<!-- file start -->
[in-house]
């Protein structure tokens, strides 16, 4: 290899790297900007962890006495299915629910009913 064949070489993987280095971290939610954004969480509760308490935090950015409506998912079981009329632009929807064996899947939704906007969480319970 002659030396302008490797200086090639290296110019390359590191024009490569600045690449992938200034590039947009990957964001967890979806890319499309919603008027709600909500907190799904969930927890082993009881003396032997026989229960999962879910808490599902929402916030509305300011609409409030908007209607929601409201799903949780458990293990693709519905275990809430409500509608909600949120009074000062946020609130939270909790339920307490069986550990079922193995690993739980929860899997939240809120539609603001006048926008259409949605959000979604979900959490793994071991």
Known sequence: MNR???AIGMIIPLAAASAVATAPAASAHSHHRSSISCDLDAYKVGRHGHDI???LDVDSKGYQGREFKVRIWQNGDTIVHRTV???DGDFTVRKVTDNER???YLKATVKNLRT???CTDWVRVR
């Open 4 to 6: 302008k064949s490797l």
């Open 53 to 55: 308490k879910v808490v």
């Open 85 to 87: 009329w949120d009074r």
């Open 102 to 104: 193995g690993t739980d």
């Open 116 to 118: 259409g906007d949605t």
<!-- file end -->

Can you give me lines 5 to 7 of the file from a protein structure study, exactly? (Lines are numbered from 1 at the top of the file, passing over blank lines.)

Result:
């Open 53 to 55: 308490k879910v808490v």
């Open 85 to 87: 009329w949120d009074r």
């Open 102 to 104: 193995g690993t739980d």